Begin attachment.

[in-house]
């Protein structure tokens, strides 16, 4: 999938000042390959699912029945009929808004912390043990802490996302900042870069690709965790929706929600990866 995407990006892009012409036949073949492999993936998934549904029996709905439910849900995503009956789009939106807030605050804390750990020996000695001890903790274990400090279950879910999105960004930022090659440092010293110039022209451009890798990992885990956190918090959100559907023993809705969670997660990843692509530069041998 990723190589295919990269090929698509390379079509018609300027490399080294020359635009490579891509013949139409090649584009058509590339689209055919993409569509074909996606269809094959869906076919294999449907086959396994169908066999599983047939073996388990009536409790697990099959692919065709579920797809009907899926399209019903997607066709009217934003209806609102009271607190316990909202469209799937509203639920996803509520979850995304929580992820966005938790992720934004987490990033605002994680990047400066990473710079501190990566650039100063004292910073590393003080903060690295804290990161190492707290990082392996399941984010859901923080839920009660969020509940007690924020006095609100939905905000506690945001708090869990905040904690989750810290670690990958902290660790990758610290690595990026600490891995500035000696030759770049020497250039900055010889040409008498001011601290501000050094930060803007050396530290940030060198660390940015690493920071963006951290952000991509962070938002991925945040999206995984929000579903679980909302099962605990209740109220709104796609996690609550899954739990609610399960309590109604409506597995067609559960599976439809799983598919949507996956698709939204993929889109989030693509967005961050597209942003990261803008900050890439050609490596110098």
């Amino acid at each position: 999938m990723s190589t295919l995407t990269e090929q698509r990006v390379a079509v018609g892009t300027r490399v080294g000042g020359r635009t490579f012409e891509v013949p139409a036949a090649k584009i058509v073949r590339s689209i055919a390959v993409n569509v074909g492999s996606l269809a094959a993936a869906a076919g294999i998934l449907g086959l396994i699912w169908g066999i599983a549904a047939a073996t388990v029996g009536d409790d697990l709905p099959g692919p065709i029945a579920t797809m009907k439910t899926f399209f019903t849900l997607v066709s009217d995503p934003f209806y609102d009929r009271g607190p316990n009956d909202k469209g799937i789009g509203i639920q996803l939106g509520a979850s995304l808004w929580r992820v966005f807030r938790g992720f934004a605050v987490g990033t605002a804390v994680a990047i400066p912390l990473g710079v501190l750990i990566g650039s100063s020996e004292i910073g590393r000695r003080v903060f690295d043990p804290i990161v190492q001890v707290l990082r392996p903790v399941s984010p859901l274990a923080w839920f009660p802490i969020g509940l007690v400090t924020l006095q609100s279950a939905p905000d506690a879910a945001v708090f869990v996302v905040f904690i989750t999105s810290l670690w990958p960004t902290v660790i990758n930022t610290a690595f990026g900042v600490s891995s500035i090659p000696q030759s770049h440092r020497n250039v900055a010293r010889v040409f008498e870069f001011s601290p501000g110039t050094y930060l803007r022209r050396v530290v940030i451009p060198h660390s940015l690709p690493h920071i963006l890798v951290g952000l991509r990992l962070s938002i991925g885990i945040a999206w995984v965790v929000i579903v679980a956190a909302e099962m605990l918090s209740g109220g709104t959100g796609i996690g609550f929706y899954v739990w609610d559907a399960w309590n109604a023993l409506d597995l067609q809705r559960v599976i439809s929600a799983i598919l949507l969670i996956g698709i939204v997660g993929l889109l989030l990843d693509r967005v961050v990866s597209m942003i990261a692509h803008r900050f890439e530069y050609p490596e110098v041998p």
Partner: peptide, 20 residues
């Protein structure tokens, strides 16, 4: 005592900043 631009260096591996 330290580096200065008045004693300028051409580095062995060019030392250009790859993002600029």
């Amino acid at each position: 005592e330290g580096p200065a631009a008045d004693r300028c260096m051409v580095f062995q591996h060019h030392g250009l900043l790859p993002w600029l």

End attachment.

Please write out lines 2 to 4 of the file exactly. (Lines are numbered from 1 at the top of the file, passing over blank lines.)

């Protein structure tokens, strides 16, 4: 999938000042390959699912029945009929808004912390043990802490996302900042870069690709965790929706929600990866 995407990006892009012409036949073949492999993936998934549904029996709905439910849900995503009956789009939106807030605050804390750990020996000695001890903790274990400090279950879910999105960004930022090659440092010293110039022209451009890798990992885990956190918090959100559907023993809705969670997660990843692509530069041998 990723190589295919990269090929698509390379079509018609300027490399080294020359635009490579891509013949139409090649584009058509590339689209055919993409569509074909996606269809094959869906076919294999449907086959396994169908066999599983047939073996388990009536409790697990099959692919065709579920797809009907899926399209019903997607066709009217934003209806609102009271607190316990909202469209799937509203639920996803509520979850995304929580992820966005938790992720934004987490990033605002994680990047400066990473710079501190990566650039100063004292910073590393003080903060690295804290990161190492707290990082392996399941984010859901923080839920009660969020509940007690924020006095609100939905905000506690945001708090869990905040904690989750810290670690990958902290660790990758610290690595990026600490891995500035000696030759770049020497250039900055010889040409008498001011601290501000050094930060803007050396530290940030060198660390940015690493920071963006951290952000991509962070938002991925945040999206995984929000579903679980909302099962605990209740109220709104796609996690609550899954739990609610399960309590109604409506597995067609559960599976439809799983598919949507996956698709939204993929889109989030693509967005961050597209942003990261803008900050890439050609490596110098």
């Amino acid at each position: 999938m990723s190589t295919l995407t990269e090929q698509r990006v390379a079509v018609g892009t300027r490399v080294g000042g020359r635009t490579f012409e891509v013949p139409a036949a090649k584009i058509v073949r590339s689209i055919a390959v993409n569509v074909g492999s996606l269809a094959a993936a869906a076919g294999i998934l449907g086959l396994i699912w169908g066999i599983a549904a047939a073996t388990v029996g009536d409790d697990l709905p099959g692919p065709i029945a579920t797809m009907k439910t899926f399209f019903t849900l997607v066709s009217d995503p934003f209806y609102d009929r009271g607190p316990n009956d909202k469209g799937i789009g509203i639920q996803l939106g509520a979850s995304l808004w929580r992820v966005f807030r938790g992720f934004a605050v987490g990033t605002a804390v994680a990047i400066p912390l990473g710079v501190l750990i990566g650039s100063s020996e004292i910073g590393r000695r003080v903060f690295d043990p804290i990161v190492q001890v707290l990082r392996p903790v399941s984010p859901l274990a923080w839920f009660p802490i969020g509940l007690v400090t924020l006095q609100s279950a939905p905000d506690a879910a945001v708090f869990v996302v905040f904690i989750t999105s810290l670690w990958p960004t902290v660790i990758n930022t610290a690595f990026g900042v600490s891995s500035i090659p000696q030759s770049h440092r020497n250039v900055a010293r010889v040409f008498e870069f001011s601290p501000g110039t050094y930060l803007r022209r050396v530290v940030i451009p060198h660390s940015l690709p690493h920071i963006l890798v951290g952000l991509r990992l962070s938002i991925g885990i945040a999206w995984v965790v929000i579903v679980a956190a909302e099962m605990l918090s209740g109220g709104t959100g796609i996690g609550f929706y899954v739990w609610d559907a399960w309590n109604a023993l409506d597995l067609q809705r559960v599976i439809s929600a799983i598919l949507l969670i996956g698709i939204v997660g993929l889109l989030l990843d693509r967005v961050v990866s597209m942003i990261a692509h803008r900050f890439e530069y050609p490596e110098v041998p």
Partner: peptide, 20 residues